Female celebs rarely seem to be driving their own fates. Two of the recent ones got famous just because they could make babies.
"Octomom" Nadya Suleman delivered eight live infants, created by in vitro fertilization, even though she was unemployed and already the mother of six children. Suleman's own mother questioned her mental stability.
Kate Gosselin, the co-star of "Jon and Kate Plus Eight," got her reality show by delivering sextuplets while she already had a pair of children. Her fracturing marriage gave the show skyrocketing ratings--it was like watching a train wreck.
Victim stories are common among female celebrities. Recently, singer Rihanna got knocked around by her boyfriend Chris Brown, "One Day at a Time" television star Mackenzie Phillips wrote a book about how she was sexually molested by her father, musician John Phillips of the 1960s band the Mamas and the Papas, and actress Marlee Matlin told of the abuse she said to have suffered at the hands of her ex-boyfriend, actor William Hurt.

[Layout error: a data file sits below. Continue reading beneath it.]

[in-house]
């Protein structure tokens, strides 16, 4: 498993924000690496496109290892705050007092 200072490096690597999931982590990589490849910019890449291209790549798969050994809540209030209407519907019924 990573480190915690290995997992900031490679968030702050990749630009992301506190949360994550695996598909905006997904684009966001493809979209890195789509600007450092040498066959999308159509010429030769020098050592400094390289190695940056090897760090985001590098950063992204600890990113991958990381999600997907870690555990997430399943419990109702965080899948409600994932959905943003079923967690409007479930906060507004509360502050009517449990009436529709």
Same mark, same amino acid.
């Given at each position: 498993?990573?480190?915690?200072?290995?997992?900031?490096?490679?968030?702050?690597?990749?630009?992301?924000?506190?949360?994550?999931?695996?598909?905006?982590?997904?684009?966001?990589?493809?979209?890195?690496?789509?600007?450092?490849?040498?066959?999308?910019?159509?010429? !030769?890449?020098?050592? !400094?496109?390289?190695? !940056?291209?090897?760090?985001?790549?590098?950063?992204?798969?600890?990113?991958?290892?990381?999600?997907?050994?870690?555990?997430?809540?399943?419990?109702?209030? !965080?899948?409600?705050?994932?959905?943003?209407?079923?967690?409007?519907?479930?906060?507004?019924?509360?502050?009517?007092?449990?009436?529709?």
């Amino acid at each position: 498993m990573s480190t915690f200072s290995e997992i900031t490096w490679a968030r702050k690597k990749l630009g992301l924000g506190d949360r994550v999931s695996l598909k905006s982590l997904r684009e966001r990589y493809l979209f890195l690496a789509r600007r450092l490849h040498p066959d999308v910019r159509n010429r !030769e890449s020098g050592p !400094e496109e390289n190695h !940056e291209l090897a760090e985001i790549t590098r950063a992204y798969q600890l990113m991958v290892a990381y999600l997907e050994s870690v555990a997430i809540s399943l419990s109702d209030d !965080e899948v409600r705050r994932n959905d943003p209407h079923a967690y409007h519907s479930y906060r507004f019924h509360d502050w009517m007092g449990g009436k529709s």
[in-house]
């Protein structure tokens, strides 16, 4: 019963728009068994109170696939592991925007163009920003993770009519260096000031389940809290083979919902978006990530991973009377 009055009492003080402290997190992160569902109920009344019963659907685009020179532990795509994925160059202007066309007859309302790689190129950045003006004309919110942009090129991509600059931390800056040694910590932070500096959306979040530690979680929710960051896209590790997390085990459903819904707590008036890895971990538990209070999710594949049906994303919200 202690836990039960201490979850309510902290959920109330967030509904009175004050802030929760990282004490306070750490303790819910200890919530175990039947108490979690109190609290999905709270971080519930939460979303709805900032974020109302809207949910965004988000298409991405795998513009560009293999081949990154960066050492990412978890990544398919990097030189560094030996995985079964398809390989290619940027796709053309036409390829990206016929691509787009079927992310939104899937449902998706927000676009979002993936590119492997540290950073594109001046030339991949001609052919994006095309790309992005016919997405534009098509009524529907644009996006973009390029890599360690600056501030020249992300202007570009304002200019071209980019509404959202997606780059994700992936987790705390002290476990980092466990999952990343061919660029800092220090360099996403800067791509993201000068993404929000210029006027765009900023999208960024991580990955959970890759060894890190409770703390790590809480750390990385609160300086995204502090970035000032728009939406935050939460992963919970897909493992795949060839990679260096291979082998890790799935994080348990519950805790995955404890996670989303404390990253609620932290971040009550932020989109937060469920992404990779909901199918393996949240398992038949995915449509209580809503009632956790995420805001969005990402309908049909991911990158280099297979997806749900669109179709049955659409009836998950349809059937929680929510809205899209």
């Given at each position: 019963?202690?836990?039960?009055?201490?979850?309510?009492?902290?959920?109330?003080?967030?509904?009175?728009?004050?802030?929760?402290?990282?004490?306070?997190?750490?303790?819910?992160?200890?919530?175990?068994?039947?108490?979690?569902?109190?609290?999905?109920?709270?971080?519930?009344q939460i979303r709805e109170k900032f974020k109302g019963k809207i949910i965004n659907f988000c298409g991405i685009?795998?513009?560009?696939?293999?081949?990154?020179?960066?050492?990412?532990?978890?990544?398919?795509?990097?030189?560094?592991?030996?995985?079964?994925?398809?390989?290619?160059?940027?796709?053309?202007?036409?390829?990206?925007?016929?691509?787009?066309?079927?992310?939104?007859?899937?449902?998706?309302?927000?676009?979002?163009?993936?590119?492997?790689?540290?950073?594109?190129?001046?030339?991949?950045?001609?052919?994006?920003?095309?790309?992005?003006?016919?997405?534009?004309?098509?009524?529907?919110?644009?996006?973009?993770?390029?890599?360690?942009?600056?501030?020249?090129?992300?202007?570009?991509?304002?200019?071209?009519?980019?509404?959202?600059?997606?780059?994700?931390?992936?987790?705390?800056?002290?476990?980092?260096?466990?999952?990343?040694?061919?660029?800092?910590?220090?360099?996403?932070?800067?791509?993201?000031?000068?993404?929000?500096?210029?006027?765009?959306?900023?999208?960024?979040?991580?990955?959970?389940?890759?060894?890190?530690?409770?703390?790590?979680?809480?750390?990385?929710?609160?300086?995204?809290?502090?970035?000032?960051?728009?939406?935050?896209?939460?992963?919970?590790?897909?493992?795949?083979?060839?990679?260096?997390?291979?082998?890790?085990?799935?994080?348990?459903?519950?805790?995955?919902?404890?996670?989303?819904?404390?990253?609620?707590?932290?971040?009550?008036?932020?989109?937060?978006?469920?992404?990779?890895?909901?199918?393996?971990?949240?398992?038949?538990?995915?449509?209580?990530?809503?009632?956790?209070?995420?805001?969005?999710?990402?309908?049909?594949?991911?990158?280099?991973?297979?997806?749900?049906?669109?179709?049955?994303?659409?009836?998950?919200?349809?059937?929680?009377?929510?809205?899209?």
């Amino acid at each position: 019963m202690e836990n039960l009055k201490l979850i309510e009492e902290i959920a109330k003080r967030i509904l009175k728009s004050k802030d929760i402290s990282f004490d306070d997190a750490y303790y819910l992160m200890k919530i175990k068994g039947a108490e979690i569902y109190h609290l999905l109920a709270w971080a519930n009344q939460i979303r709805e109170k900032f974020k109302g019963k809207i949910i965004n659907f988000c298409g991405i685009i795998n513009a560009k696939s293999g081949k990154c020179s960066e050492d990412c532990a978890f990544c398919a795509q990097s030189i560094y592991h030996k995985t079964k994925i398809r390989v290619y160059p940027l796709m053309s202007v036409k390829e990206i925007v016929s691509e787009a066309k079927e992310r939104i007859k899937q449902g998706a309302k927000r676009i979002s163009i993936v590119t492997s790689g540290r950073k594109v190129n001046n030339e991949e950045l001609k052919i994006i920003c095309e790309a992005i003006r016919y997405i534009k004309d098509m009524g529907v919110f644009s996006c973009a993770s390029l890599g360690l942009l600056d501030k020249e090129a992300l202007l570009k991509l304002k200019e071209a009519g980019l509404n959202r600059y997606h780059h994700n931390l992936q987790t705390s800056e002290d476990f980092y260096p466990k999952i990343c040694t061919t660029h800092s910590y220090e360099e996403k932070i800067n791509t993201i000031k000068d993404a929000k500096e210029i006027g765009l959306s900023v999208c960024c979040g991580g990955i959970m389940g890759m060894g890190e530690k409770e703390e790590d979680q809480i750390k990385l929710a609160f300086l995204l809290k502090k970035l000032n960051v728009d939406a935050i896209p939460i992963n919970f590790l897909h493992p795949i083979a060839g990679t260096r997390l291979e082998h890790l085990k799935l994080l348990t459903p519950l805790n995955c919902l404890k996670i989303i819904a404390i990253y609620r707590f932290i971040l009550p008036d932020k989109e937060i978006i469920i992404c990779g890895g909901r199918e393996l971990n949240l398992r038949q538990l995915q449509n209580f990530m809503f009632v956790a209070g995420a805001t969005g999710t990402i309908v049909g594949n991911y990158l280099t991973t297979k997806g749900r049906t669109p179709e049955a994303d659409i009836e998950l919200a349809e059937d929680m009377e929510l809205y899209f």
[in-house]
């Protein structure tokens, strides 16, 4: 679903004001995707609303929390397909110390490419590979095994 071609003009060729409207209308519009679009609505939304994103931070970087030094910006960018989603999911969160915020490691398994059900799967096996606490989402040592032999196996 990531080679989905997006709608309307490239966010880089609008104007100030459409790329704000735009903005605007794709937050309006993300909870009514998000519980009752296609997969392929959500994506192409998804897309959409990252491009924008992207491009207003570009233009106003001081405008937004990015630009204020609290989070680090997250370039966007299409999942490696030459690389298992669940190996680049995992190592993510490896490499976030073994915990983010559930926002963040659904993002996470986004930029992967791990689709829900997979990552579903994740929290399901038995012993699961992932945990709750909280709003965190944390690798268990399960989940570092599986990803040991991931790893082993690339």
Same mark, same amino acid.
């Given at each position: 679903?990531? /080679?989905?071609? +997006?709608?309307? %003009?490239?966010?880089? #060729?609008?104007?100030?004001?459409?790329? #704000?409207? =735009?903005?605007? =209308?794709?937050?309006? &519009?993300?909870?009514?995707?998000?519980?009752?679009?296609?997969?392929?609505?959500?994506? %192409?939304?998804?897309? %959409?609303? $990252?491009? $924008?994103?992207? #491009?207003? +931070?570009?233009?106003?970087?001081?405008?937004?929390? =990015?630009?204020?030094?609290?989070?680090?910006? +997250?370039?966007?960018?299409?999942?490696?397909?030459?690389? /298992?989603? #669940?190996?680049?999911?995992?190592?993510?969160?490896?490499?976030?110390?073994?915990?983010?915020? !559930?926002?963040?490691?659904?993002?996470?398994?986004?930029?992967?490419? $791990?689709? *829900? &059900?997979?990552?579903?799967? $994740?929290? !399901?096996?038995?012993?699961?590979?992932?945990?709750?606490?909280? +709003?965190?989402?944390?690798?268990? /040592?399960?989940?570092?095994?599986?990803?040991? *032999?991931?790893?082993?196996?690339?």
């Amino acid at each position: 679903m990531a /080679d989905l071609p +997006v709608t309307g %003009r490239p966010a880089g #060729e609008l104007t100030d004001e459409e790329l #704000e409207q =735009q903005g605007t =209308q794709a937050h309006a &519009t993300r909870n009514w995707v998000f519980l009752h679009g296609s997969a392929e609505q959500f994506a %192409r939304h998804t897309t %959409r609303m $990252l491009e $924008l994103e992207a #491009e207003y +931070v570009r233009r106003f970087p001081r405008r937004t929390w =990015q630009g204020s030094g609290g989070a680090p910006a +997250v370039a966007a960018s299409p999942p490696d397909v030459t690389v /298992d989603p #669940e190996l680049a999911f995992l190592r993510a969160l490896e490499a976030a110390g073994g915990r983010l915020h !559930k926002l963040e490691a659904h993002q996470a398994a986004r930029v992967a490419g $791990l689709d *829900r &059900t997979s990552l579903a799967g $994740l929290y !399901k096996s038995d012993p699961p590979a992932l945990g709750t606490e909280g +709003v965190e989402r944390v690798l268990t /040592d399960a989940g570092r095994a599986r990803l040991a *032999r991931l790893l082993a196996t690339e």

A lot of women these days are famous for nothing. Paris Hilton, the hotel chain heiress, claimed that she was the new Marilyn Monroe, but Monroe was an actress of high comedic talent whose best films live on. Hilton somehow came into national fame by scrubbing down a car in her teeny weeny bikini in a TV commercial in 2005 for the Southern California-based Carl's Jr. burger chain--hardly the equivalent of "Some Like It Hot."
Meanwhile, actress Heidi Montag recently got major press for undergoing multiple plastic surgeries. The Kardashians, a media-hungry LA celebrity clan, exploit family dysfunction and "The Anna Nicole Show" depicted the doomed actress in the process of unraveling. "The Real Housewives of Orange County" features a group of very rich, very vapid housewives just being rich and vapid.
How many female celebrities could you call "self-actualized," having accomplished something genuine, not simply looking good, having lots of kids or being victims?
Yes, there are some to consider.
Angelina Jolie may be most famous for being joined at the hip with Brad Pitt, but in her own right she's a U.N. ambassador for children and an accomplished actor.